By Chris Lane
By Jeff Balke
By Aaron Reiss
By Angelica Leicht
By Dianna Wray
By Aaron Reiss
By Camilo Smith
By Craig Malisow
On one side there are a lot of boys who play baseball on the palatial fields at the school at 5840 San Felipe, fields leased, developed and paid for by the Post Oak Little League. And there are their parents, who've shelled out registration fees, clinic fees and building donations to make those fields what they are today. These are parents with an impressive amount of power in the community. Many of their kids attend private schools.
On the other side there are a lot of boys and girls who go to school at T.H. Rogers. Apart from the baseball fields, there isn't a whole lot of playground area left for them. While they are allowed to be on the ball fields during the day -- if Little League maintenance crews aren't working -- the configuration isn't useful for many sports other than baseball, softball and kickball. They'd like a soccer field and a track, especially for all the kids with multiple handicaps who attend Rogers. Many of these parents do not have a great deal of clout, nor an enormous amount of money. All of their kids attend public schools in HISD.
Last spring, Rogers parents initiated a move to regain more of their playground (see "Power Plays," October 24). They reintroduced the effort this fall but agreed to be quiet during the weeks leading up to the early-November bond election. But in October, they discovered the Little League folks wanted an immediate renewal of their lease -- due to expire in December 2003 -- more than a year early. The go-to guy on the board, Jeff Shadwick, carried the league's proposal to the school district's legal department. He also met with a small group of Rogers parents in October, telling them the matter would be settled within days.
Well, after a lot of outcry, the HISD trustees decided not to vote on the matter on November 7. They also decided against taking it up on December 12, although they did listen to a list of alternatives from Rogers parents at that day's school board meeting.
These parents from the three sectors of the school -- talented and gifted, deaf and multiply impaired -- looked for a champion among the trustees. No one stepped forward. This was a matter for the administration, parents were told; this was Kaye Stripling's bailiwick. One parent compared it to being faced with a group of Stepford wives, one smiling facade after another with nothing behind them other than a lockstep approach to avoid controversy.
And Stripling, it seems, is in no hurry to do anything. She's thinking it over. She has until December 2003 after all, she said.
But as anyone would conclude from the building anger and increasing mean-spiritedness on both sides, Stripling really doesn't have all that time. Spring soccer beckons. As for the Little League and Pony League, they'd already hoped to be under way with $250,000 in field improvements -- but won't till they have a new lease. What superintendent in her right mind needs this kind of distraction when there's the new Texas Assessment of Knowledge and Skills test to negotiate as well as a $154 million budget shortfall?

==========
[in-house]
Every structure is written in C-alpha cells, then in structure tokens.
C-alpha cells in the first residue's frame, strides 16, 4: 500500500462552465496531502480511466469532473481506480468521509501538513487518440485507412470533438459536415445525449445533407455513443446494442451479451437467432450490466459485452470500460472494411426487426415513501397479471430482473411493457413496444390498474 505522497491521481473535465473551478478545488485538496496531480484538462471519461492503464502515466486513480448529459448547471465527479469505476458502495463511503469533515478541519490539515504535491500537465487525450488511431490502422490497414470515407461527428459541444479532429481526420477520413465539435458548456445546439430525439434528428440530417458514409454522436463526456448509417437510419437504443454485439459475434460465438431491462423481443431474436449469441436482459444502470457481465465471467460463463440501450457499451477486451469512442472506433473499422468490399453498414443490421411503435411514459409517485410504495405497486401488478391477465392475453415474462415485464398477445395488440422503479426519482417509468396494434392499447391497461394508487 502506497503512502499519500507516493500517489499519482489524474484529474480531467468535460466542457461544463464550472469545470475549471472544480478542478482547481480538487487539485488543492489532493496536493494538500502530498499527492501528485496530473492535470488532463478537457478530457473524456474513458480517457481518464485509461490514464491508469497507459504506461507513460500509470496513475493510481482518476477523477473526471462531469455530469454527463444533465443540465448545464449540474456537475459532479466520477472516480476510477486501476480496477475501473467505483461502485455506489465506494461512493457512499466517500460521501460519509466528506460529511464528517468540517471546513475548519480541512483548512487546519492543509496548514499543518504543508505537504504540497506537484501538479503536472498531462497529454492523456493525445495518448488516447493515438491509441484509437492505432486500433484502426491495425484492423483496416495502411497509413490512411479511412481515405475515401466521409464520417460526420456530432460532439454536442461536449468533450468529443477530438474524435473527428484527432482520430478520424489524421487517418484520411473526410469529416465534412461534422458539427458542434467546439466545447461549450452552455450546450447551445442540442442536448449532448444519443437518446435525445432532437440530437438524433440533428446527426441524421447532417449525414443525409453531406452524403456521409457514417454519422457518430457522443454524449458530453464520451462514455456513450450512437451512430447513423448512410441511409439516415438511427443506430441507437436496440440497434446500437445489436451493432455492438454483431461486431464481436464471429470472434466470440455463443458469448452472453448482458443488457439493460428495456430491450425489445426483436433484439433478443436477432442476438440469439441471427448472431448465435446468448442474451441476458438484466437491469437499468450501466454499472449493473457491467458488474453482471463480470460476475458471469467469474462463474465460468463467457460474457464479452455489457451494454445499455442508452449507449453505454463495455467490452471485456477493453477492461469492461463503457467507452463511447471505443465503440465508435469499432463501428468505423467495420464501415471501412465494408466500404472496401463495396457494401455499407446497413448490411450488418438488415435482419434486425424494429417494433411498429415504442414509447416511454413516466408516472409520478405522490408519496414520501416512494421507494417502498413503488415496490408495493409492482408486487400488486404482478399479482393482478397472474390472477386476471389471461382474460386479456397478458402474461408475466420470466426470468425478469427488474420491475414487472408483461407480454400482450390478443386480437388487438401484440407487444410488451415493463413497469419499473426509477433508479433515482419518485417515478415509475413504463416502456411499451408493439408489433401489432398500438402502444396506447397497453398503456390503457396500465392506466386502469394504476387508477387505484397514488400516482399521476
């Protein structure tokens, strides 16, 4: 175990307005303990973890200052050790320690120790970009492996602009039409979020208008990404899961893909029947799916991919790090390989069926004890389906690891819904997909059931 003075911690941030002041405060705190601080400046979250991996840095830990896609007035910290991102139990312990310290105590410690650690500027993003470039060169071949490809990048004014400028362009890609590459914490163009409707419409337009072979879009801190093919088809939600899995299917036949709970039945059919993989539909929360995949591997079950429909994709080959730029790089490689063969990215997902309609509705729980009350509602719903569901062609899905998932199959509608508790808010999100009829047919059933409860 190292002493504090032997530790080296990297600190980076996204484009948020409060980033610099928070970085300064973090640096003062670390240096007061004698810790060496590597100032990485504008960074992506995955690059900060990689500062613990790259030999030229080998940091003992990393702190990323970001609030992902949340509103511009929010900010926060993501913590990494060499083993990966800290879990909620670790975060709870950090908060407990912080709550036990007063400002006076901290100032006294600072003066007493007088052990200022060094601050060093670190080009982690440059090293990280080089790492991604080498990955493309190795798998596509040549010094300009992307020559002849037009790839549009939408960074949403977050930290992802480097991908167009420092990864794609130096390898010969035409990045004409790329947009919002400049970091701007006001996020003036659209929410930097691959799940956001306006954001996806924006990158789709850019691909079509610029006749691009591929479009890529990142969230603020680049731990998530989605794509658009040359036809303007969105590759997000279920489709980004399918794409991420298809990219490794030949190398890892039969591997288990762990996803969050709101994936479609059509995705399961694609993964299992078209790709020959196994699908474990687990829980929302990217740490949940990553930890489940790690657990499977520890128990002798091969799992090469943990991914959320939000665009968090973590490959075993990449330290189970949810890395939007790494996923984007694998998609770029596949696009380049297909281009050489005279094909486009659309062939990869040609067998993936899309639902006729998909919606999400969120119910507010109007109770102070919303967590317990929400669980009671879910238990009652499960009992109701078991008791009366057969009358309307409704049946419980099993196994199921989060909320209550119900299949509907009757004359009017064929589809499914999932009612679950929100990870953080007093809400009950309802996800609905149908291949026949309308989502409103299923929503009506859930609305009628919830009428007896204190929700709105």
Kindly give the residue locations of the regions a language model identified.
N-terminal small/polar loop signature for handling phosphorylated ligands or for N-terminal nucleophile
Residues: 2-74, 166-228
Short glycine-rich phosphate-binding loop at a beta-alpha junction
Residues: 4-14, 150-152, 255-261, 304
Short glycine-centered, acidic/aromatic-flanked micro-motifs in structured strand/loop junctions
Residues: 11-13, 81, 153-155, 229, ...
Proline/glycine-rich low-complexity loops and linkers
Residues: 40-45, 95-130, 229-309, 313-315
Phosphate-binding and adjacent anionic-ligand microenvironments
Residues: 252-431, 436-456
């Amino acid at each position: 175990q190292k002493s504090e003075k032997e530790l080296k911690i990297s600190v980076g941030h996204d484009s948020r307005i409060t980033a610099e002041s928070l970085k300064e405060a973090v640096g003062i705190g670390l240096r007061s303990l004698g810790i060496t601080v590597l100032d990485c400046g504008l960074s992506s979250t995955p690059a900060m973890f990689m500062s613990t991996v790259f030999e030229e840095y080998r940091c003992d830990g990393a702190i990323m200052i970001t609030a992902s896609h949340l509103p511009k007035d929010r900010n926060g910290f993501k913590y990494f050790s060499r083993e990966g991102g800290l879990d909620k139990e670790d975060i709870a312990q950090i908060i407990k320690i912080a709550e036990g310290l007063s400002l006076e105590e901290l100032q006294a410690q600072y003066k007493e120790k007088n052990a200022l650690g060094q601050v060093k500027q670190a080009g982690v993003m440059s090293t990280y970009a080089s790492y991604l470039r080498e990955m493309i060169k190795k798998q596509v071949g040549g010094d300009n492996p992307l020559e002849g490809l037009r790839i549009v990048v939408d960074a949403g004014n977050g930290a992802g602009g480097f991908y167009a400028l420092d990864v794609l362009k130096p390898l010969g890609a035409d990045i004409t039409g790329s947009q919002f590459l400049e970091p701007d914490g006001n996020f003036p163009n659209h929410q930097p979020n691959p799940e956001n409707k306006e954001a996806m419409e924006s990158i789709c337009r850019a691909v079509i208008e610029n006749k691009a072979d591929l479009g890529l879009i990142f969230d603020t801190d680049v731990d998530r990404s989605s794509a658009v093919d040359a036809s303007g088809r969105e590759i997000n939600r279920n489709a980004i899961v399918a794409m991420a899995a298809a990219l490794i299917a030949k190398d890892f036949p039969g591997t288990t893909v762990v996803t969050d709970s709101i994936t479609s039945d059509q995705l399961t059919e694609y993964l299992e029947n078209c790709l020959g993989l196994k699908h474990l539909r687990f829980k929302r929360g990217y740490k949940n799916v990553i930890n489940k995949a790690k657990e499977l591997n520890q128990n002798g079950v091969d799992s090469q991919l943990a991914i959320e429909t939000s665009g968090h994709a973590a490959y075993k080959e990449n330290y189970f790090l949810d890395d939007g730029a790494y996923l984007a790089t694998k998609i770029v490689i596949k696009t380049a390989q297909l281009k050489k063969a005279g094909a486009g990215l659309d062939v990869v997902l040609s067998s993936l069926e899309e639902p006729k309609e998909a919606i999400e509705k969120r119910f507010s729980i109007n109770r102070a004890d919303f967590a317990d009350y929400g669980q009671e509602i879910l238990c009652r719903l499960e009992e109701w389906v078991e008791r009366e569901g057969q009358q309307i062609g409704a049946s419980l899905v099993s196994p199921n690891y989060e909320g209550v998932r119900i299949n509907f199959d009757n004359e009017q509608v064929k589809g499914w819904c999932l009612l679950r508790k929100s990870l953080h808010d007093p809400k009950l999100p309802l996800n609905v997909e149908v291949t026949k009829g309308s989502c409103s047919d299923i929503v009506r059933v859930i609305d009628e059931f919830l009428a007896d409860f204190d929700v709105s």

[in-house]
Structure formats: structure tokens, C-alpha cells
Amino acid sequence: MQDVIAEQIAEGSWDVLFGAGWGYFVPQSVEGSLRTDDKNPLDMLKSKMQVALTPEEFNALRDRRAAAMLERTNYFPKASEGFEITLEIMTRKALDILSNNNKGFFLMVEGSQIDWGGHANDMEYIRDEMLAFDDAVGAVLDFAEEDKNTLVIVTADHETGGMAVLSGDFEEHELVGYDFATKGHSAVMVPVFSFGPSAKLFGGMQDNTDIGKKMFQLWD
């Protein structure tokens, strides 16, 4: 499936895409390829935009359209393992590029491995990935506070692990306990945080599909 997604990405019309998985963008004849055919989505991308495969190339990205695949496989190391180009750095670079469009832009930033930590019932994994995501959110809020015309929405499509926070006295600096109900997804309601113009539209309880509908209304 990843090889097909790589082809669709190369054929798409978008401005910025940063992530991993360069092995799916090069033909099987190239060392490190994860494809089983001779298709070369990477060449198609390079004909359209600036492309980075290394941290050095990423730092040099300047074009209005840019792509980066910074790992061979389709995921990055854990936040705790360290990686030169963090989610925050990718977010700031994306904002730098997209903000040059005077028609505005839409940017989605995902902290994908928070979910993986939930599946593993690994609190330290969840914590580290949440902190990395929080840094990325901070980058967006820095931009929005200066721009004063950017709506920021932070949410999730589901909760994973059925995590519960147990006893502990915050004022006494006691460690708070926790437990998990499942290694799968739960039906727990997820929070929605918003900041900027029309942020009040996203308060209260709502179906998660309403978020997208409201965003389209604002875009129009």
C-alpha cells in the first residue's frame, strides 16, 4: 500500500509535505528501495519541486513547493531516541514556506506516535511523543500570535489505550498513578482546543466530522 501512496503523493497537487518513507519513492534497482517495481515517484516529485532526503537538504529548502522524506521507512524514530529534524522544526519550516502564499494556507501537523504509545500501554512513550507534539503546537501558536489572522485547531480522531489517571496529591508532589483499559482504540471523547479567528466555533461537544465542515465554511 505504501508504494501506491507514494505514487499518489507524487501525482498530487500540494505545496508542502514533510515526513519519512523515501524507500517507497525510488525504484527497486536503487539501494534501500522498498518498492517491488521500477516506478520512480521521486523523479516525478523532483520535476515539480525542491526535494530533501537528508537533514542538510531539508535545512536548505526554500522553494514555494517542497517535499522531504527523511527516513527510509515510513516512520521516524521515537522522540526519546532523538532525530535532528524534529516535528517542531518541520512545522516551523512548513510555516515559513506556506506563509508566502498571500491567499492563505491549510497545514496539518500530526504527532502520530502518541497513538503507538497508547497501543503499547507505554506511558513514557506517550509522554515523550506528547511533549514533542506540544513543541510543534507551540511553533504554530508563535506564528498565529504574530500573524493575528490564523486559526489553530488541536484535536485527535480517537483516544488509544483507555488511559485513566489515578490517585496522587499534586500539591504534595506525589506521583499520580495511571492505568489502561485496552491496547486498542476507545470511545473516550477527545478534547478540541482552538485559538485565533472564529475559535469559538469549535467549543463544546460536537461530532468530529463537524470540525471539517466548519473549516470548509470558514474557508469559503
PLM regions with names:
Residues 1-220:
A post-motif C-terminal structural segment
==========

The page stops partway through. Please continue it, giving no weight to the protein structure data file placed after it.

While Stripling mulls, supporters of Fields For All, the group that would like to see the fields reconfigured for a variety of activities at Rogers, have been gathering data. Rogers students are ethnically diverse, with 30.6 percent Hispanic, 21 percent Asian, 20.5 percent African-American and 27.8 percent white or other.
The Little League players, according to Fields For All, are 4 percent Hispanic, less than 1 percent Asian or African-American and 95 percent white/other.
The student body is 51 percent male, 49 percent female, according to Fields For All research, while "only males" were on the Little League rosters.
More than 50 percent of those Little League kids don't attend public school. Instead, they go the private route, specifically 20 percent at Kinkaid, 10 percent at St. Michael (Roman Catholic), 9 percent at St. Francis, 9 percent at St. John (Episcopal) and 5 percent at River Oaks Baptist.
The fields do not provide the access required by the Americans with Disabilities Act. This is especially galling at a school with multiply impaired students. Most recently, amid the high winds and rain that hit the area at the end of December, a lengthy section of middle field fences and a 40-foot pole came crashing down. While the fields themselves are in beautiful condition, the facility is old with towers made of wood, which has been banned for eight years now, according to Fields For All.
"Unless this is a baseball prep school, this isn't what our playground should look like," said parent Lunze Hu.
When the Rogers parents began asking, they wanted a track and a reconfiguration of the fields, overlaying, say, two baseball outfields with a soccer field. They also asked that some of the fencing come down.
When the Little League and the Pony League (which is a separate organization and has never had a lease with HISD for its field) said no way to the soccer field, Rogers parents began to entertain larger notions. Why not evict the leaseless Pony League? Why not move the new Pee Wee field to another school, another park? Why not build a field suitable for football and soccer? They'd like a pavilion. And why not an area for environmental experiments?